Inside the Copan: A City within a Building
Towering above the heart of São Paulo, the Copan apartment building resembles a wave wending through the frenetic movement of the city. Designed by renowned Brazilian architect Oscar Niemeyer, the Copan houses about 5,000 residents in its more than 1,000 apartments. The idea of community stands as one of the founding principles of the Copan, as its communal spaces and sweeping floor areas are meant to encourage residents to come together. Drawing on this idea, Brazilian artist Fernanda Brenner recently converted an abandoned clinic within the Copan into Pivô (@pivoarte), an experimental art space showcasing modern art. In creating Pivô, Brenner aims to show not only the artist’s final work but also the creative process. Artists are encouraged to prepare for exhibits in open studio spaces, stimulating a unique dialogue between São Paulo and its art.
Many classic horror icons and other disturbing creatures share common characteristics. Pale skin, dark, sunken eyes, elongated faces, sharp teeth, and the like. These images inspire horror and revulsion in many, and with good reason. The characteristics shared by these faces are imprinted in the human mind.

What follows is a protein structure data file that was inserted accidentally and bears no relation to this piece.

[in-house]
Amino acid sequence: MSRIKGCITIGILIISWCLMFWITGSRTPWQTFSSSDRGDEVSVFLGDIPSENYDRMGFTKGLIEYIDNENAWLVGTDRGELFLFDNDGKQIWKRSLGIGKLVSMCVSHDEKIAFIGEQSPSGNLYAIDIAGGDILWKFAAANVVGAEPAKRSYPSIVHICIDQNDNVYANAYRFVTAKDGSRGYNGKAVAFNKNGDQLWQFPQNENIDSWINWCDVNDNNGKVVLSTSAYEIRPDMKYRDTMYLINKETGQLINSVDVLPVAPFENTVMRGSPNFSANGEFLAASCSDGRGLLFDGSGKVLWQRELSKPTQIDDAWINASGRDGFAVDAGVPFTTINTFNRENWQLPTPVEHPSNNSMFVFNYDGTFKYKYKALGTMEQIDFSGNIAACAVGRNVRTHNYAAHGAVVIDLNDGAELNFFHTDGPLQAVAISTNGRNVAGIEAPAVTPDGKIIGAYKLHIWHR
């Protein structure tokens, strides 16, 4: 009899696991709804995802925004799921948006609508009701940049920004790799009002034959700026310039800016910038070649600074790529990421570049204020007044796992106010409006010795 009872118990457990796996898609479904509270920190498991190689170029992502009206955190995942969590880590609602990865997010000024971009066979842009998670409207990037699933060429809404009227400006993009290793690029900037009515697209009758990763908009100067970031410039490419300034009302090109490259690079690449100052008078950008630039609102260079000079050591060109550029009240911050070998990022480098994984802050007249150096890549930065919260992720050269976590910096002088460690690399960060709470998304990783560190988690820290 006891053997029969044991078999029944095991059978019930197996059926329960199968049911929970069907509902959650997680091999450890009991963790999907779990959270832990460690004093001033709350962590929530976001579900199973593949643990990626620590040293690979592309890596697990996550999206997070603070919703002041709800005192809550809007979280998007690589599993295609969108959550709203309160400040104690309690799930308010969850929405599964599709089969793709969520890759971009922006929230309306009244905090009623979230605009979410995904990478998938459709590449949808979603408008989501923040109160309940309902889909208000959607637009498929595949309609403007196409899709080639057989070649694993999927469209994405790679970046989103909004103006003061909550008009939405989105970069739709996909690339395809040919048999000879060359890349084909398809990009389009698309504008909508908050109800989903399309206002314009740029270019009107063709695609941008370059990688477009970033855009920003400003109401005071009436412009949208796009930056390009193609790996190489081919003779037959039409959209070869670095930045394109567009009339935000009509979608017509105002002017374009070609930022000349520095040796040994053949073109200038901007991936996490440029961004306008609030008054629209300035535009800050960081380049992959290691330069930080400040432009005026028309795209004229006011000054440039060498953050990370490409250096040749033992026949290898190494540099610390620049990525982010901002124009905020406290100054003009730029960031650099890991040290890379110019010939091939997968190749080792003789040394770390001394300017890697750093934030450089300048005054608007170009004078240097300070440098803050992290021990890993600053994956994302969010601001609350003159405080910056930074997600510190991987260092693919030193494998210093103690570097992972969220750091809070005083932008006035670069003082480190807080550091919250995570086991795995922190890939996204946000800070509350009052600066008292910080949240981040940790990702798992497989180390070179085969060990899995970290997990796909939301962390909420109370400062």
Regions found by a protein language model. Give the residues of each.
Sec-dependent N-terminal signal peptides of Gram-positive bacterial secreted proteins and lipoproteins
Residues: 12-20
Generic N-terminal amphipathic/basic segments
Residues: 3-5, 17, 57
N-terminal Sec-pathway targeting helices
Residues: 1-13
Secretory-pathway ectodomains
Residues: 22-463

Many things frighten humans instinctively. The fear is natural, and does not need to be reinforced in order to terrify. The fears are species-wide, stemming from dark times in the past when lightning could mean the burning of your tree home, predators could be hiding in the dark, heights could make poor footing lethal, and a spider or snake bite could mean certain death.
The question you have to ask yourself is this:
What happened, deep in the hidden eras before history began, that could effect the entire human race so evenly as to give the entire species a deep, instinctual, and lasting fear of pale beings with dark, sunken eyes, razor sharp teeth, and elongated faces?
To be honest that last question frightened me more that the picture.
That question is what always catches me and makes me want to reblog this